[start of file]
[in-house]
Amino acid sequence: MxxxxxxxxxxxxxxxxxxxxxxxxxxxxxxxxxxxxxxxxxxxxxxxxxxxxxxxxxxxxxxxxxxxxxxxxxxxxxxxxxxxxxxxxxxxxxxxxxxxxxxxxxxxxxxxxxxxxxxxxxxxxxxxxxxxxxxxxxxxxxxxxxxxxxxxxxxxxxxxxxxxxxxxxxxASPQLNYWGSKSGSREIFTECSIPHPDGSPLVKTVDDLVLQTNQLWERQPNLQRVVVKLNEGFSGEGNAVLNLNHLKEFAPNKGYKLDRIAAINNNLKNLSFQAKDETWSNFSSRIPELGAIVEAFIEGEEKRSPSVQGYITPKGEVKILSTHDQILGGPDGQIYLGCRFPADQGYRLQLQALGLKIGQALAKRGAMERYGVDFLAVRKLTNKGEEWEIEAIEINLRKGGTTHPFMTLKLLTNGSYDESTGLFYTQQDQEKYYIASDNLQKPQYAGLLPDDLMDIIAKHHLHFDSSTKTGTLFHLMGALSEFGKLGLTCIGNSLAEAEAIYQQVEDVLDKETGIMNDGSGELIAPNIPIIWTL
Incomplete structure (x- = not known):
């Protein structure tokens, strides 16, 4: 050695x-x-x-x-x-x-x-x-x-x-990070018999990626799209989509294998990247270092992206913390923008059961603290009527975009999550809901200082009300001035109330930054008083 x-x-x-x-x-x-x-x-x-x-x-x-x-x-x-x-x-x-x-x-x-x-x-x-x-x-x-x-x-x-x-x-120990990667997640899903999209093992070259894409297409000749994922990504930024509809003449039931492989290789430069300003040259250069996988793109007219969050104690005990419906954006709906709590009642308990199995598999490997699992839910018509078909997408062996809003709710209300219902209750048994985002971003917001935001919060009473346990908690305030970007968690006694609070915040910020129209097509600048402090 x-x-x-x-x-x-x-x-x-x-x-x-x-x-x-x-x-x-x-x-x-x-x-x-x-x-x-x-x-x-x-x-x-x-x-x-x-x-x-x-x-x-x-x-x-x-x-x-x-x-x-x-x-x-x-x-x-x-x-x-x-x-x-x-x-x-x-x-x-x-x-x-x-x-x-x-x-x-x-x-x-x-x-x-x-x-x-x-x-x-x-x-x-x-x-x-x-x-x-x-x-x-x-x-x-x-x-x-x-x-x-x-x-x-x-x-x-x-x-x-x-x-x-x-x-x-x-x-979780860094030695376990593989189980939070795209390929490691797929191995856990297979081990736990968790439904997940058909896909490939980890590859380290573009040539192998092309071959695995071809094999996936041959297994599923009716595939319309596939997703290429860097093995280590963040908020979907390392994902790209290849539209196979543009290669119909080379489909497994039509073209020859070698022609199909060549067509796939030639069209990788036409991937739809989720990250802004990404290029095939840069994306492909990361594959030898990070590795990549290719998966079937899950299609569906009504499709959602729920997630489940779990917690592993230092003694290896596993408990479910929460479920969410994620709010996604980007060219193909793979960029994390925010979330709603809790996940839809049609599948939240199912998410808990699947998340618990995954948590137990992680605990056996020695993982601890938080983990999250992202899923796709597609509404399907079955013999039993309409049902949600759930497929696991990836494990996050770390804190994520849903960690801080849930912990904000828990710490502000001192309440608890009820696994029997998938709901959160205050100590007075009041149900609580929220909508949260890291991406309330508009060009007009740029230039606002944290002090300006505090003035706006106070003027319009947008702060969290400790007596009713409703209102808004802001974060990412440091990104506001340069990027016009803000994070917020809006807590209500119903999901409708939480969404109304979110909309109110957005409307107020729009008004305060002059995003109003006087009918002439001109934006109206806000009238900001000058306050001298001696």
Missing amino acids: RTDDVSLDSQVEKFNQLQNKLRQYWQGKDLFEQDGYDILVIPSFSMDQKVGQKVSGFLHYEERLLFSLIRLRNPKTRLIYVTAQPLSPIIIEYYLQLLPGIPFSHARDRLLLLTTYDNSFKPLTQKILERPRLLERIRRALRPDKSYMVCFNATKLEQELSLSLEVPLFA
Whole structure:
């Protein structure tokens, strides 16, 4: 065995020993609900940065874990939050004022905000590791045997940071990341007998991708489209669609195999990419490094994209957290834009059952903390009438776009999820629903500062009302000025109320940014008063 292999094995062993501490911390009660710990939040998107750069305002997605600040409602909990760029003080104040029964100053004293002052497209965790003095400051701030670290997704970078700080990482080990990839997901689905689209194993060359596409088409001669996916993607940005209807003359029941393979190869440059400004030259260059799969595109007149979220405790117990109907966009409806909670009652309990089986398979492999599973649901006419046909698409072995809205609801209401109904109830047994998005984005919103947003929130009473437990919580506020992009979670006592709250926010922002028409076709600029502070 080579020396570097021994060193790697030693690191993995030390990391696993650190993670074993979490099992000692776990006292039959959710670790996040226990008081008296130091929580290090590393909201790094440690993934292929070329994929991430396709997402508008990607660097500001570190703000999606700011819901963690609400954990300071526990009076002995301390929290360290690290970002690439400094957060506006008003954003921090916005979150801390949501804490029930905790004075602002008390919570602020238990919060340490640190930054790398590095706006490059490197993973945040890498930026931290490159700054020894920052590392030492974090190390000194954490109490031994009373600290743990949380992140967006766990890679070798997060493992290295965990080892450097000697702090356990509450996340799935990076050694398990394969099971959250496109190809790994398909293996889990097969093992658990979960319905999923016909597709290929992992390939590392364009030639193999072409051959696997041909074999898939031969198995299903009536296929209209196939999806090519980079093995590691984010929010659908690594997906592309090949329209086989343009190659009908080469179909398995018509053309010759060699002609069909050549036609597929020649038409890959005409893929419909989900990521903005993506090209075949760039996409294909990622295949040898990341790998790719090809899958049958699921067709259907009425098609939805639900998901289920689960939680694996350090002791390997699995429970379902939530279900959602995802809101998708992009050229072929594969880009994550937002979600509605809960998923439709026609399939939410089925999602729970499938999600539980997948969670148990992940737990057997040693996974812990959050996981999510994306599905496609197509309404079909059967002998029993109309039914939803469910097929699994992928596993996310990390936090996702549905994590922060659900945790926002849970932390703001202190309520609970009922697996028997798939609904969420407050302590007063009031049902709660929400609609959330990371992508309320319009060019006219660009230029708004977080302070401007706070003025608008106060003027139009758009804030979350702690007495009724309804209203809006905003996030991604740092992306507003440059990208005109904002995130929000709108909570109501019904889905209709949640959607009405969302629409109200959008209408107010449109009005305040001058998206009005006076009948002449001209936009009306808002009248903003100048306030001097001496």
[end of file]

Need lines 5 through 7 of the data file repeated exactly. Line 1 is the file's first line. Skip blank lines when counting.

Missing amino acids: RTDDVSLDSQVEKFNQLQNKLRQYWQGKDLFEQDGYDILVIPSFSMDQKVGQKVSGFLHYEERLLFSLIRLRNPKTRLIYVTAQPLSPIIIEYYLQLLPGIPFSHARDRLLLLTTYDNSFKPLTQKILERPRLLERIRRALRPDKSYMVCFNATKLEQELSLSLEVPLFA
Whole structure:
């Protein structure tokens, strides 16, 4: 065995020993609900940065874990939050004022905000590791045997940071990341007998991708489209669609195999990419490094994209957290834009059952903390009438776009999820629903500062009302000025109320940014008063 292999094995062993501490911390009660710990939040998107750069305002997605600040409602909990760029003080104040029964100053004293002052497209965790003095400051701030670290997704970078700080990482080990990839997901689905689209194993060359596409088409001669996916993607940005209807003359029941393979190869440059400004030259260059799969595109007149979220405790117990109907966009409806909670009652309990089986398979492999599973649901006419046909698409072995809205609801209401109904109830047994998005984005919103947003929130009473437990919580506020992009979670006592709250926010922002028409076709600029502070 080579020396570097021994060193790697030693690191993995030390990391696993650190993670074993979490099992000692776990006292039959959710670790996040226990008081008296130091929580290090590393909201790094440690993934292929070329994929991430396709997402508008990607660097500001570190703000999606700011819901963690609400954990300071526990009076002995301390929290360290690290970002690439400094957060506006008003954003921090916005979150801390949501804490029930905790004075602002008390919570602020238990919060340490640190930054790398590095706006490059490197993973945040890498930026931290490159700054020894920052590392030492974090190390000194954490109490031994009373600290743990949380992140967006766990890679070798997060493992290295965990080892450097000697702090356990509450996340799935990076050694398990394969099971959250496109190809790994398909293996889990097969093992658990979960319905999923016909597709290929992992390939590392364009030639193999072409051959696997041909074999898939031969198995299903009536296929209209196939999806090519980079093995590691984010929010659908690594997906592309090949329209086989343009190659009908080469179909398995018509053309010759060699002609069909050549036609597929020649038409890959005409893929419909989900990521903005993506090209075949760039996409294909990622295949040898990341790998790719090809899958049958699921067709259907009425098609939805639900998901289920689960939680694996350090002791390997699995429970379902939530279900959602995802809101998708992009050229072929594969880009994550937002979600509605809960998923439709026609399939939410089925999602729970499938999600539980997948969670148990992940737990057997040693996974812990959050996981999510994306599905496609197509309404079909059967002998029993109309039914939803469910097929699994992928596993996310990390936090996702549905994590922060659900945790926002849970932390703001202190309520609970009922697996028997798939609904969420407050302590007063009031049902709660929400609609959330990371992508309320319009060019006219660009230029708004977080302070401007706070003025608008106060003027139009758009804030979350702690007495009724309804209203809006905003996030991604740092992306507003440059990208005109904002995130929000709108909570109501019904889905209709949640959607009405969302629409109200959008209408107010449109009005305040001058998206009005006076009948002449001209936009009306808002009248903003100048306030001097001496």